PEOPLE WHO direct the annual Blue Cross Broad Street Run, the nation's largest 10-mile road race, are inclined to call it "Joe's race."

That would be for Joe Cook, the race's director from 1982 to 1995, credited with developing it from rather humble beginnings to the present event that draws thousands of runners from all over.

"Joe Cook was my mentor, friend and guiding force in the success of the Broad Street Run for many years," said Jim Marino, the current race director.

"The race was his baby, and he brought it from infancy to the teenage years with great success. I have always said that the Broad Street Run was Joe's race, and that I just happened to be carrying the torch in following his example."

Joseph P. Cook, longtime employee of the Philadelphia Recreation Department, who also helped direct the Philadelphia Marathon, died Friday of cancer. He was 65.

Joe himself didn't run, because of severe shrapnel wounds in his legs suffered as a combat soldier in Vietnam.

He was fascinated by World War II since his father, Joseph, had been a German prisoner of war in Stalag 17. After graduating from West Catholic High School in 1968, Joe thought of making the Army a career.

Like many combat veterans, Joe didn't like to talk about his experiences, but eventually he told former Daily News sports writer Bill Fleischman about what happened to him in Vietnam in May 1970.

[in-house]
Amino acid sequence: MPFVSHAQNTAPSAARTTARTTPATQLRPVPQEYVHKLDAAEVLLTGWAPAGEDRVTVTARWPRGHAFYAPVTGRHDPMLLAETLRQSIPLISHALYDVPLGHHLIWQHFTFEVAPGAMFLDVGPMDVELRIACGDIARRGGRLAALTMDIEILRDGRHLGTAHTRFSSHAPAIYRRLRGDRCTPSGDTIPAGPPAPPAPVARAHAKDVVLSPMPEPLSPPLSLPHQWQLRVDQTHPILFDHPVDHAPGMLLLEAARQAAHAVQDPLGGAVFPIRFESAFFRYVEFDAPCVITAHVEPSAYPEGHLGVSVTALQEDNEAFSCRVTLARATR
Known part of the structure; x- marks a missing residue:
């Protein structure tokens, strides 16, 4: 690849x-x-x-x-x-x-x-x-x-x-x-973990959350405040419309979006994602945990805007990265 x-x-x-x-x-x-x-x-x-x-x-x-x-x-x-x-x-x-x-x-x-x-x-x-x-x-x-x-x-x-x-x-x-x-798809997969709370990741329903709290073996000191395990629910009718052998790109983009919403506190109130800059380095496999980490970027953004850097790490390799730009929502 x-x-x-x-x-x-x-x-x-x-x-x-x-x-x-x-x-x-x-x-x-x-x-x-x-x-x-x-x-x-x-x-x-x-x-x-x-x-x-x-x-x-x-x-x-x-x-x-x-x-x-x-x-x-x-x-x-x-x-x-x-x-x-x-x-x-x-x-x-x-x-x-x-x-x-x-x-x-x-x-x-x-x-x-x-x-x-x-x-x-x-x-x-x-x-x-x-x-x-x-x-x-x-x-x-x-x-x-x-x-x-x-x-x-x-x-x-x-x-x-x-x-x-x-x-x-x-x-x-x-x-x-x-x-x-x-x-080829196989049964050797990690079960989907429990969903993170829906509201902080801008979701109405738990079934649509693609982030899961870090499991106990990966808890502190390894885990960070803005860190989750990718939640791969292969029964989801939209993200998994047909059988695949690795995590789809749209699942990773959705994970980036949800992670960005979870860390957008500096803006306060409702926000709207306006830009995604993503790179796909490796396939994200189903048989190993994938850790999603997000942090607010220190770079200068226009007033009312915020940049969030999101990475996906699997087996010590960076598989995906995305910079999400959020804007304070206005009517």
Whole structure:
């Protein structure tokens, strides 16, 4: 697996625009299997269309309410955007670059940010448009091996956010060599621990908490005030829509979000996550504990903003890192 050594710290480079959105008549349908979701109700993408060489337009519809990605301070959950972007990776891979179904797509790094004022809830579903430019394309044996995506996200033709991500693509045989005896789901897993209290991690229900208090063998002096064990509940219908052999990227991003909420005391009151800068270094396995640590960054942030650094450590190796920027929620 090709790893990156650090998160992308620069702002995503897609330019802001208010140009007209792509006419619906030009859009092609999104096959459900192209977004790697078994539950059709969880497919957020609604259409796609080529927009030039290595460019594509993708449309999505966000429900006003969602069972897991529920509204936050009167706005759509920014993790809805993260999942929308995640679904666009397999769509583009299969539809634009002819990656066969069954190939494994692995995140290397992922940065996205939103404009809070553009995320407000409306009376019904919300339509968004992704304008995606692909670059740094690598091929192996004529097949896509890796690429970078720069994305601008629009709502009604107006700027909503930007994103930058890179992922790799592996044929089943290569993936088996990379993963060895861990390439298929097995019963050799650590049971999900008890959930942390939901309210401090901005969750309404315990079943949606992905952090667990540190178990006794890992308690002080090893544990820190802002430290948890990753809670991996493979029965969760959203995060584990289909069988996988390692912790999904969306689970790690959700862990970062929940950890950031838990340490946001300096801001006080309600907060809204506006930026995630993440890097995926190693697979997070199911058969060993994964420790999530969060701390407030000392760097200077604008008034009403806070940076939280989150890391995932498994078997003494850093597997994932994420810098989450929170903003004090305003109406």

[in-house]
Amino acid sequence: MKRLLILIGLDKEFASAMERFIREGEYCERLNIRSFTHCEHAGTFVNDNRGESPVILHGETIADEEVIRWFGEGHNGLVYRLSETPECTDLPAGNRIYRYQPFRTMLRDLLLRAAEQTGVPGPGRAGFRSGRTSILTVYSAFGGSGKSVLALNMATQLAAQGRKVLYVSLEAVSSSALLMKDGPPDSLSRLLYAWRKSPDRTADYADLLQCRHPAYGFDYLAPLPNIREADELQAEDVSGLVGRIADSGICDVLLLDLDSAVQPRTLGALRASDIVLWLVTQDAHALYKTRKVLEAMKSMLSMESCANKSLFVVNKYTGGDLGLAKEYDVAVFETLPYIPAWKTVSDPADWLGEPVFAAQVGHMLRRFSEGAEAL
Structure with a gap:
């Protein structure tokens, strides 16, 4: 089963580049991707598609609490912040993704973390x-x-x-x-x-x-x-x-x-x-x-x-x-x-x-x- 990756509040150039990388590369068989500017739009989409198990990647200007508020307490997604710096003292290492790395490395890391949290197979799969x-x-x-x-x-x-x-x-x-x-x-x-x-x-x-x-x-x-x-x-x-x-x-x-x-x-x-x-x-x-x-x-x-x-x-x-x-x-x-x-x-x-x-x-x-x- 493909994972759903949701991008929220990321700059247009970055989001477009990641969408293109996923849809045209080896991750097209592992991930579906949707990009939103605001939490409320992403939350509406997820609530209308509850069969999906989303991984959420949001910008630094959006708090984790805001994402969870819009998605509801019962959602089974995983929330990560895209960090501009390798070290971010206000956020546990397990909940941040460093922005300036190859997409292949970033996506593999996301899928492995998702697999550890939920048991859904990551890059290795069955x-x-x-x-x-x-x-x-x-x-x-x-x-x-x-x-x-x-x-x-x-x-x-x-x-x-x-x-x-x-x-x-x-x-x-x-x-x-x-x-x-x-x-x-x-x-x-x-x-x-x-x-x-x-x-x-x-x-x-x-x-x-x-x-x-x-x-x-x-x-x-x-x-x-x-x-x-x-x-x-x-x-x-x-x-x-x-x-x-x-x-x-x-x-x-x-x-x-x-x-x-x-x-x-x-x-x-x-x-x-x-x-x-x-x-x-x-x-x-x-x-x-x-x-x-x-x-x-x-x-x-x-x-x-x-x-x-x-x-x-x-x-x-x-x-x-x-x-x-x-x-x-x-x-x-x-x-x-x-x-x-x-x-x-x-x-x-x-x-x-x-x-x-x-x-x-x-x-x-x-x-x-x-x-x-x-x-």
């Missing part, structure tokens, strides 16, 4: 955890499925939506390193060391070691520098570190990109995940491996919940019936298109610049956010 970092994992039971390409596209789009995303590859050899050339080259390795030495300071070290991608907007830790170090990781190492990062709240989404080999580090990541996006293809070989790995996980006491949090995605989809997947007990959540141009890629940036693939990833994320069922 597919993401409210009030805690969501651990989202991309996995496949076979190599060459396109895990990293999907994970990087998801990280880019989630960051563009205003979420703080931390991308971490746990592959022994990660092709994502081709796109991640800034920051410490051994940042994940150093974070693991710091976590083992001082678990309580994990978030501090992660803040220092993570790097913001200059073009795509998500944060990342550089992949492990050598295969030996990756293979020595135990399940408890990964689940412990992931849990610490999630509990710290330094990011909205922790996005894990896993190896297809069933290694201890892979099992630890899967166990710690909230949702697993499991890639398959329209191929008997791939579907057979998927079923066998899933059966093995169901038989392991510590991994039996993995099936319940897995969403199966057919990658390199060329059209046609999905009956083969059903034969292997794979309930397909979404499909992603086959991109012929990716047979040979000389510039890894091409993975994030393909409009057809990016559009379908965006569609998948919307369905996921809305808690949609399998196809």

Joe was a medic attached to the 1st Battalion, 6th Infantry, when he and other soldiers found themselves trapped in a minefield near My Lai.

Thanks to the heroics of Norman Schwarzkopf, then a lieutenant colonel and 1st Battalion commander, Joe and some others were rescued, but many didn't make it as mines were exploding around them.

Schwarzkopf, who became a general and was a hero of the 1990 Desert Storm campaign, was piloting a helicopter when he got the radio message about the plight of the soldiers.

"He landed and gave up his helicopter to get guys out," Joe related. "He and his captain stayed. Guys all around me were hit, and I didn't have a scratch on me. We went to two guys who needed attention and all of a sudden a big mine went off. It killed the two guys I was patching and killed my medic. I had multiple shrapnel wounds of the legs, arms and chest.

"Schwarzkopf got me out. The next day, he pinned a Purple Heart on me."

After nine months of rehabilitation at Valley Forge Military Hospital, Joe enrolled at Temple University, graduating in 1975. He then joined the Recreation Department.

Even after relinquishing control of the Broad Street Run in 1995, Joe couldn't let it go completely. It was, after all, his baby.

"He always kept an eye on me to make sure we were doing things the right way," Jim Marino said. "I always appreciated his comments and critiques. These critiques continued to help me build upon his great work."

Joe is survived by three sisters, Joanna Morrison, Mary Faulkner and Bernadette McLaughlin; and two brothers, Andy and James. He was predeceased by another sister, Lenora Cook.

Services: Funeral Mass 11 a.m. today at St. Francis de Sales Church, 47th Street and Springfield Avenue. Friends may call at 9 a.m. Burial will be at Ss. Peter and Paul Cemetery, Marple.

In lieu of flowers, donations may be made to Heroes' Crossing, Philadelphia Veterans Community Living Center, 3461 Civic Center Blvd., Philadelphia, 19104.